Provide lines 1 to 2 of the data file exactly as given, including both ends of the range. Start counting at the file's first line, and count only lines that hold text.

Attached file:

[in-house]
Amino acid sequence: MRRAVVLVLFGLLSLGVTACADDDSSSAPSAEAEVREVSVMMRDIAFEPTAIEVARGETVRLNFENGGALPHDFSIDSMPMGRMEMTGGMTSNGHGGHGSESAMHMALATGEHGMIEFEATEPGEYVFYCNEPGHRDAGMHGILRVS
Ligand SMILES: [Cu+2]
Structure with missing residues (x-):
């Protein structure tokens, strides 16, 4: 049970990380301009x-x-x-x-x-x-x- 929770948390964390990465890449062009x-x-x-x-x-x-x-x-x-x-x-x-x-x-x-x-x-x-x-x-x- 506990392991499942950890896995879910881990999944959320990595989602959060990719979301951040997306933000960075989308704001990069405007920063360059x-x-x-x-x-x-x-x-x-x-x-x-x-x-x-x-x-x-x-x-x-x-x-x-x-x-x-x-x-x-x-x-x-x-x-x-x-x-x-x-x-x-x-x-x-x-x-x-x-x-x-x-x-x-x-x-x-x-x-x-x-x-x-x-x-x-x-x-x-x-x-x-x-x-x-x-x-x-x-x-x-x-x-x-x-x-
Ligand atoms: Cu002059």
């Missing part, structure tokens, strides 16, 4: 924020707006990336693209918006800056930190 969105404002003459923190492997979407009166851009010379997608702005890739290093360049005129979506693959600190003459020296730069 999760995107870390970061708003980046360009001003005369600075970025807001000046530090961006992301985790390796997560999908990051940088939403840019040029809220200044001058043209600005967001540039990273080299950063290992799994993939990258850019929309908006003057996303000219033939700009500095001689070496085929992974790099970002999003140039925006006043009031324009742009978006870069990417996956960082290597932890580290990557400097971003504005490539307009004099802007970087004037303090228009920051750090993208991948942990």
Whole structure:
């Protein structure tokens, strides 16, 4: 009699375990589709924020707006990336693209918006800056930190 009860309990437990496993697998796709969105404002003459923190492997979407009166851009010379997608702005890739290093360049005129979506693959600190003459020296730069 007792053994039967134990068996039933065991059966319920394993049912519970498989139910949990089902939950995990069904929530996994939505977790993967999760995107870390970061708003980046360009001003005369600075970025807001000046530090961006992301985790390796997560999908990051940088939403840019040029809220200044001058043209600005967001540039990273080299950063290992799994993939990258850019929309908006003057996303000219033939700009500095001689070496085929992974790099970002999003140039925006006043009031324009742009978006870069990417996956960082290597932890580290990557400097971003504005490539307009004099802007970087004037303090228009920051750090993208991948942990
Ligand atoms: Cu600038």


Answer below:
[in-house]
Amino acid sequence: MRRAVVLVLFGLLSLGVTACADDDSSSAPSAEAEVREVSVMMRDIAFEPTAIEVARGETVRLNFENGGALPHDFSIDSMPMGRMEMTGGMTSNGHGGHGSESAMHMALATGEHGMIEFEATEPGEYVFYCNEPGHRDAGMHGILRVS